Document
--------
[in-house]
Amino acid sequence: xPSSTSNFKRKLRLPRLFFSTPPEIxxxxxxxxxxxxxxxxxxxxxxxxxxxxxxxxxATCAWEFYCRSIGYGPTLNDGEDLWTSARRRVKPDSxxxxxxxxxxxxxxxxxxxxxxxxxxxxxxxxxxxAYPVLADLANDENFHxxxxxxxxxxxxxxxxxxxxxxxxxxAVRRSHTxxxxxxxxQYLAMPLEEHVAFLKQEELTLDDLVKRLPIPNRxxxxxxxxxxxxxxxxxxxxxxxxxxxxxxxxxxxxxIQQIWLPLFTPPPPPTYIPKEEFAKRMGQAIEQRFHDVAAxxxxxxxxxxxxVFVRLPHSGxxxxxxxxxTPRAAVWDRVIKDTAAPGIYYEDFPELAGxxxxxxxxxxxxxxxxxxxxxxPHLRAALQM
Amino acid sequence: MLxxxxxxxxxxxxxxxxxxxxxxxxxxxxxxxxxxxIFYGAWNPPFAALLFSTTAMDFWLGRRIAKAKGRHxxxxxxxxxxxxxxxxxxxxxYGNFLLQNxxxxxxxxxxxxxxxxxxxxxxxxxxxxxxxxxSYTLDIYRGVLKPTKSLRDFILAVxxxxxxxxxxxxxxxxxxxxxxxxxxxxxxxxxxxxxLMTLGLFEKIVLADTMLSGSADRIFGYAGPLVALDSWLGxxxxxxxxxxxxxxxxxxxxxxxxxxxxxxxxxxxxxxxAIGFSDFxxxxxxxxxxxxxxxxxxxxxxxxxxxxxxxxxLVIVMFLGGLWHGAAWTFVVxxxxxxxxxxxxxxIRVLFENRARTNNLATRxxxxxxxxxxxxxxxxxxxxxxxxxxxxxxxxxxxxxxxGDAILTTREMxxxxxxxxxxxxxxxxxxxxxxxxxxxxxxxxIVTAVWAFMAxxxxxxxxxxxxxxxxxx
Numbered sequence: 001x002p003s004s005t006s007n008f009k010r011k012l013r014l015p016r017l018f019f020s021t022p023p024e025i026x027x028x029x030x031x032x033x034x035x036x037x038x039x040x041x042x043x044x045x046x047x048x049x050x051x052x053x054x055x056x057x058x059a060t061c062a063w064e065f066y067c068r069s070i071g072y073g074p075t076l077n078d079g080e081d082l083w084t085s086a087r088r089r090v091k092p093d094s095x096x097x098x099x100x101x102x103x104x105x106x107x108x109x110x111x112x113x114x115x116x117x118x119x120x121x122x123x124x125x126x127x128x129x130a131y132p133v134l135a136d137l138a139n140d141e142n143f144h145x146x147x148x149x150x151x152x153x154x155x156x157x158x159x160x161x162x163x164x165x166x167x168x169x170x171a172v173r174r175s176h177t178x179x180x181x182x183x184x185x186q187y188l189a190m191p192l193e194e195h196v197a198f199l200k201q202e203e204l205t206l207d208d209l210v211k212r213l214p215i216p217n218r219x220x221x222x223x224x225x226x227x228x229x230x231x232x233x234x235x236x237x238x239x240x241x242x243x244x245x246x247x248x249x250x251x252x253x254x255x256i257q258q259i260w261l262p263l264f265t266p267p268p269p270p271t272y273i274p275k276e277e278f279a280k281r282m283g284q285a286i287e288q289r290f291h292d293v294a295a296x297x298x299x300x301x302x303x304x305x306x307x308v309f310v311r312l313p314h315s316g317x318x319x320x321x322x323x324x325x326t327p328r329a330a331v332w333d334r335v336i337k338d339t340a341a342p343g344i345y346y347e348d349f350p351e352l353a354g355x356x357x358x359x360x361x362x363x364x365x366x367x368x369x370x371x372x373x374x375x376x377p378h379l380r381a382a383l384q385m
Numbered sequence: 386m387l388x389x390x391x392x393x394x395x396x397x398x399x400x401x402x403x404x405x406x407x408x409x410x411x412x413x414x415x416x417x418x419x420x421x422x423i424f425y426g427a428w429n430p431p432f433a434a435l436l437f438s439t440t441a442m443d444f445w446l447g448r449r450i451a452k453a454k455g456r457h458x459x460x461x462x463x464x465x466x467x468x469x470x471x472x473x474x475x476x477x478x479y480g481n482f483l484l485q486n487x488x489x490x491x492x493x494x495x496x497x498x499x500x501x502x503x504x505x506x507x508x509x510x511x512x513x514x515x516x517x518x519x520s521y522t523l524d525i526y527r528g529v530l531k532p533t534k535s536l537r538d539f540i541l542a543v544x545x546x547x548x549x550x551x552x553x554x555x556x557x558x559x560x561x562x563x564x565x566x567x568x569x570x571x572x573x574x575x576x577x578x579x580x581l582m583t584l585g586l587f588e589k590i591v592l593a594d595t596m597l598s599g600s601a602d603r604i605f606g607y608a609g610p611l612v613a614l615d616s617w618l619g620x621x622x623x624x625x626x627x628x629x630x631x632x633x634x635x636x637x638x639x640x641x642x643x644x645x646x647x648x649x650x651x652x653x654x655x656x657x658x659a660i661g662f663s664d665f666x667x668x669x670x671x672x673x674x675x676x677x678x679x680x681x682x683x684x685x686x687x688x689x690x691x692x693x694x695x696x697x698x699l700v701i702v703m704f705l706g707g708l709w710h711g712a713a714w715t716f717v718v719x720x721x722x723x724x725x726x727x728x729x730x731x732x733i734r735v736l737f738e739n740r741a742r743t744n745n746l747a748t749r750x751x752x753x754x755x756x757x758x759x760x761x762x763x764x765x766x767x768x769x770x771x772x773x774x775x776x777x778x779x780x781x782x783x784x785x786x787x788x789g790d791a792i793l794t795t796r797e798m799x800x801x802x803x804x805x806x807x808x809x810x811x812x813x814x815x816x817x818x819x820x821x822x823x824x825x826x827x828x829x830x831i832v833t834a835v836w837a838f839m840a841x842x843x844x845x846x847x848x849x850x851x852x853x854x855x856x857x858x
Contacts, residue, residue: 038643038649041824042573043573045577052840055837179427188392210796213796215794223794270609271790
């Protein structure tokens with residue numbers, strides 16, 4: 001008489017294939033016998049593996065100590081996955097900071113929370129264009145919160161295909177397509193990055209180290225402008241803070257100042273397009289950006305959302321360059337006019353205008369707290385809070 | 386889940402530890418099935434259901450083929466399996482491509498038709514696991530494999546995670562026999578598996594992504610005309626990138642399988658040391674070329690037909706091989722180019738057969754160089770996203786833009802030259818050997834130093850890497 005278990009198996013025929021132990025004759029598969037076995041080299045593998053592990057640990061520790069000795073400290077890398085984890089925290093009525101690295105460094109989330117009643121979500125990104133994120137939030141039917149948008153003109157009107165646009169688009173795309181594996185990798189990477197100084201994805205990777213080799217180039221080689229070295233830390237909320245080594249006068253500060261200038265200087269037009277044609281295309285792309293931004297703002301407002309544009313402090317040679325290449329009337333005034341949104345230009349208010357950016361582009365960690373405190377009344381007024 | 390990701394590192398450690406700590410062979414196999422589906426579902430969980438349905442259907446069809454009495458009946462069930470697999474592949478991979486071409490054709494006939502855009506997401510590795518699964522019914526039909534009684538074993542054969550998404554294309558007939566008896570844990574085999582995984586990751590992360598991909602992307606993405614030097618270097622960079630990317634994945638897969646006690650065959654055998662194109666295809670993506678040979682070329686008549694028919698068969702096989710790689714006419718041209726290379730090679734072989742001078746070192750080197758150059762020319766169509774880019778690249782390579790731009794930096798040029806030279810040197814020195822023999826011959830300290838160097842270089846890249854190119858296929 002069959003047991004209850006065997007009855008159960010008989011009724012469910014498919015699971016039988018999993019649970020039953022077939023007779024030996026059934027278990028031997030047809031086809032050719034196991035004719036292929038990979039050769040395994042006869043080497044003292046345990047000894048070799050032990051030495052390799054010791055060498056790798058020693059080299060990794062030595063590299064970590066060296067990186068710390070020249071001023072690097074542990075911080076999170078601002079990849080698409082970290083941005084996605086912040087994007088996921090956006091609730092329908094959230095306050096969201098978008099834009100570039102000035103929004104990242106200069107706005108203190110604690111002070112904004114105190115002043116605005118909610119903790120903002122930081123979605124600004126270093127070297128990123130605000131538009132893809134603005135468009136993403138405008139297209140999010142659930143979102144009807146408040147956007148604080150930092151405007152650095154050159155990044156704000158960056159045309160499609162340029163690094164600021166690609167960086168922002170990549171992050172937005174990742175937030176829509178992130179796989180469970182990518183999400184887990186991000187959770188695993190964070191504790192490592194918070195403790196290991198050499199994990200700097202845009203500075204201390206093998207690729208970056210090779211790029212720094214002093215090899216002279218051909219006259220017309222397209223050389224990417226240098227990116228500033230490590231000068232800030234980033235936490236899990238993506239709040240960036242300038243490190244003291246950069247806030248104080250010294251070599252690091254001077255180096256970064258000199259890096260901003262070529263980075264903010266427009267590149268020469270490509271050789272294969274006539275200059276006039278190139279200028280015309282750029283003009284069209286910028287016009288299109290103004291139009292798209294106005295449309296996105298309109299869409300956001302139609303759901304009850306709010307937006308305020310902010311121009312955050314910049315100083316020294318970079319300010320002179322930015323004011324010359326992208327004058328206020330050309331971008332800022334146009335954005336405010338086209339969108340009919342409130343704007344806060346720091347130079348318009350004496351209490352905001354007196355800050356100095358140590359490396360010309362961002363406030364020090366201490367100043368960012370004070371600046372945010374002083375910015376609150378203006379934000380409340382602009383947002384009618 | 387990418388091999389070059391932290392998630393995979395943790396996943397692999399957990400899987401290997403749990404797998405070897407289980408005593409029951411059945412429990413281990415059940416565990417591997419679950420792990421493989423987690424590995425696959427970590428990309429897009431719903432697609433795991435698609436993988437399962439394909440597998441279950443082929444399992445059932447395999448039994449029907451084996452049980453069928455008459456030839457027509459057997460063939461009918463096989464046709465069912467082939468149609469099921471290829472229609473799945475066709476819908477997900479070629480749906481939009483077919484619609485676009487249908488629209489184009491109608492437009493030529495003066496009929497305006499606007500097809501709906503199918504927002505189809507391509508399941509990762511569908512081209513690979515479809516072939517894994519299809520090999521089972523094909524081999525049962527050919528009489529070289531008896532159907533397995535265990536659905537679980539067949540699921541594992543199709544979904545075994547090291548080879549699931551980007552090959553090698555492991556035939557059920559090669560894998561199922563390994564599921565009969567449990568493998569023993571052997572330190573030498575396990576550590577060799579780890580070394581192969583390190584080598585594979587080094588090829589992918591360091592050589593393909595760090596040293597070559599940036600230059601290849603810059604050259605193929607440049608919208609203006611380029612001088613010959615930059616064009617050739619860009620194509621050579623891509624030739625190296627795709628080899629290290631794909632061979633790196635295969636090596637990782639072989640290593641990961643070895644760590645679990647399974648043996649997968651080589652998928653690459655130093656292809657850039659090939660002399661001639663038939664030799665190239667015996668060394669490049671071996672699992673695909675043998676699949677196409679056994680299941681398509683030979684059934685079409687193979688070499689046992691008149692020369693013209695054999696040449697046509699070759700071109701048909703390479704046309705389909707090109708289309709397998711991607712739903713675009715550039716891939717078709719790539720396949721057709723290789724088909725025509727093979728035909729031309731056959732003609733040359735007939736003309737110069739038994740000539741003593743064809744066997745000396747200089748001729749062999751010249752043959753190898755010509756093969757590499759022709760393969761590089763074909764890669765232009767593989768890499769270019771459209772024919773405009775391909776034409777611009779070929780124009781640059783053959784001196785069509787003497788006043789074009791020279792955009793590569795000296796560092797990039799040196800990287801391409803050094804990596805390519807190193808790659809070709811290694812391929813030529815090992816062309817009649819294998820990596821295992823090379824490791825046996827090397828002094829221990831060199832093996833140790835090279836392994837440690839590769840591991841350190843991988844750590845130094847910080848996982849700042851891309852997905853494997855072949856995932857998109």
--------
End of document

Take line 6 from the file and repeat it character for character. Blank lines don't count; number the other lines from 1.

Contacts, residue, residue: 038643038649041824042573043573045577052840055837179427188392210796213796215794223794270609271790